Filmmaker Cullen Hoback travels to a private high school where he writes a script about a real couple and the student who comes between them. Through the process of making the film, hidden ... See full summary »
America has questions about today's youth, what we care about, and where we're headed. We had those questions too. So, after graduating college, four of us loaded an RV and embarked on a ... See full summary »
THE CITY DARK is a feature documentary about the loss of night. After moving to NYC from rural Maine, filmmaker Ian Cheney asks a simple question - do we need the stars? - taking him from ... See full summary »
Hackers do laundry. Hackers like movies. Hackers are people and could be your neighbors, your brother, your friends. Presenting a portrait of the hacking community, created by the community... See full summary »
Welcome to Monster Camp, the true story about a world where people transform into creatures, heroes, and monsters to escape their daily lives. In the vein of Lord of the Rings, World of ... See full summary »
Terms And Conditions May Apply examines the cost of so-called 'free' services and the continuing disappearance of online privacy. People may think they know what they give up when they click 'I Agree' on companies like Facebook and Google. They're wrong. Written by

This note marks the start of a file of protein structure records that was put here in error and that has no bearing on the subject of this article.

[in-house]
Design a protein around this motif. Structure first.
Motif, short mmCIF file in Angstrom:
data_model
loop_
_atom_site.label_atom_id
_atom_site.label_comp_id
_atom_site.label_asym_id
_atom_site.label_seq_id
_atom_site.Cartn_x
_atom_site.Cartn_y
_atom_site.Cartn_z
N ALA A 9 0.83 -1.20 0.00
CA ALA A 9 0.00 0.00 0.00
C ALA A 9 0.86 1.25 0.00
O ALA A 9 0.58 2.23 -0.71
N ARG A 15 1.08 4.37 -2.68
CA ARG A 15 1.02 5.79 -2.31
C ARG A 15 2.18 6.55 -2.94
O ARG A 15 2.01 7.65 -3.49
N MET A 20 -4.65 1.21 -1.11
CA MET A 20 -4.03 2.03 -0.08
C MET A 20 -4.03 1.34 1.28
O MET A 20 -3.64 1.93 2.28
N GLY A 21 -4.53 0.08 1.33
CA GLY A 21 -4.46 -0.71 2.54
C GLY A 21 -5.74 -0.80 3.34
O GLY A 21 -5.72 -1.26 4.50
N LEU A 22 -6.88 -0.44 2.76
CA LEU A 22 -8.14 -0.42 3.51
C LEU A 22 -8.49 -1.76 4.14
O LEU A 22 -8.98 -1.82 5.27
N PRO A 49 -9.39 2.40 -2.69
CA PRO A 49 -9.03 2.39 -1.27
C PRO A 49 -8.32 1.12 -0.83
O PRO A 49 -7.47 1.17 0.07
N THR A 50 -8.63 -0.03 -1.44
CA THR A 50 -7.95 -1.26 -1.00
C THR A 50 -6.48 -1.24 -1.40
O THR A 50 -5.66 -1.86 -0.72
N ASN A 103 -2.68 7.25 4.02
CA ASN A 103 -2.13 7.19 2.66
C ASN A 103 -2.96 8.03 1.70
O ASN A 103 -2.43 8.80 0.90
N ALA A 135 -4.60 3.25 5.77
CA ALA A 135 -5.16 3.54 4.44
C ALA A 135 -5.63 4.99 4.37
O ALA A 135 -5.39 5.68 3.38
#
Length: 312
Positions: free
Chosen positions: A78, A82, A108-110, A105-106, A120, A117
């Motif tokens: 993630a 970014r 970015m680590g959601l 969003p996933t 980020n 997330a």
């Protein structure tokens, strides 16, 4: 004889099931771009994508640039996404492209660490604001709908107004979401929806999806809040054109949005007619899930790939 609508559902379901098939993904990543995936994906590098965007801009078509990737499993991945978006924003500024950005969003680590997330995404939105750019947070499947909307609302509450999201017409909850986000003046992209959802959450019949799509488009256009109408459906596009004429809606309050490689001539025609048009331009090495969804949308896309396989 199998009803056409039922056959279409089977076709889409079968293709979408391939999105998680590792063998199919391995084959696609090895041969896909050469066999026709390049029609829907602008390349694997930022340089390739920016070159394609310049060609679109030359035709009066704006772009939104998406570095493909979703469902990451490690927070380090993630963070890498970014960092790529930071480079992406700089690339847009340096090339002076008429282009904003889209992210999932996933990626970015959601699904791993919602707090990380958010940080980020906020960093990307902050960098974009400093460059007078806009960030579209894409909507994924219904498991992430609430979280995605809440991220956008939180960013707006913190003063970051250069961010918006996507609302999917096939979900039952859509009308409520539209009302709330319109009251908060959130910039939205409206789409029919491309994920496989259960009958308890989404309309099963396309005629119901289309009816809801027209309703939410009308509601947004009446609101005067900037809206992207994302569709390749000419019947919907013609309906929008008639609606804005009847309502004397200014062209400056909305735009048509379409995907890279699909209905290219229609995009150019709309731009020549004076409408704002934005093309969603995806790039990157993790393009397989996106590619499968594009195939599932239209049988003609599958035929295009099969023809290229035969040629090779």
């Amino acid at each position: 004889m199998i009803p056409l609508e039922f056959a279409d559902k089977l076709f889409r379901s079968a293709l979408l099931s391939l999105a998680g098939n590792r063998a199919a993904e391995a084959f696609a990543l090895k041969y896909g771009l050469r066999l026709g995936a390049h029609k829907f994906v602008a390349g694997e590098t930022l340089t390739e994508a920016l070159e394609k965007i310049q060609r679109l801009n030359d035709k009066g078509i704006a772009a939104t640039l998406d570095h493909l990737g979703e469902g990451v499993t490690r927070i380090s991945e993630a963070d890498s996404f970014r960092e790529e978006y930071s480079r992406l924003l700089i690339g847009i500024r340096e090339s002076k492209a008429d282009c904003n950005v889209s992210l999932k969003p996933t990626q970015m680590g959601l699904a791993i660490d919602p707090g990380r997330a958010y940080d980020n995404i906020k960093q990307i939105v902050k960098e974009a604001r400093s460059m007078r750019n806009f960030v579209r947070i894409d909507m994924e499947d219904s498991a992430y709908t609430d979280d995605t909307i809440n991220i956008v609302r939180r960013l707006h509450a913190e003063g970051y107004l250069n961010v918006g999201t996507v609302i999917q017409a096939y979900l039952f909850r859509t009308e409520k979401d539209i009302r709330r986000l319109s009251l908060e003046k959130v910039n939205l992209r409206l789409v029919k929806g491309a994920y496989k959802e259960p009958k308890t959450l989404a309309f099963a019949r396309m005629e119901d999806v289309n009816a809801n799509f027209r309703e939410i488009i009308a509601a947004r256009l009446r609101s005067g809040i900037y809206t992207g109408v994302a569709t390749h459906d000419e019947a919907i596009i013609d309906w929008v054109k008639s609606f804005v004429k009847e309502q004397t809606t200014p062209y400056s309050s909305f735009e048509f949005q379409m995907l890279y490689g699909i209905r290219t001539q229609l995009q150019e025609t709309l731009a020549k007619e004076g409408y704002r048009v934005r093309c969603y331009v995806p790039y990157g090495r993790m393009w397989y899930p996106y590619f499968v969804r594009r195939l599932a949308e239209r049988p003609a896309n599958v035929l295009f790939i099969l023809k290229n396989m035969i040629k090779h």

This is an important and frightening film, about how Google, Amzaon, Flickr, Facebook, Twitter, Pinterest, Linkdin - and IMDb? - harvest our personal information and onsell it to the highest bidder, or to the government. How we don't read that wodge of text in capitals comprising "Terms and conditions" before we click "Accept" - nobody could, it would take a month per year for everything we sign. But even when that text is brief and written in plain English, it gives those corporations unprecedented power over our personal information - including the right to change the rules without telling us, to increase their power without limit and without asking again, and to keep it forever, even after we have "deleted" it.
The film is entertaining, including how a seven year old boy was interrogated about something he had texted; how an Irishman on holiday in the US never got into the country but spent days in confinement instead, because he had used "destroy America" as a figure of speech in a tweet; how people planning a zombie parade during the Royal Wedding were arrested based on the social media planning; and how a TV crime writer was raided based on his Google searches.
I saw this a few days after "We Steal Secrets: the story of Wikileaks". It is the better film, letting the facts speak for themselves more.
And now I'm getting paranoid about what will happen to me for writing this....
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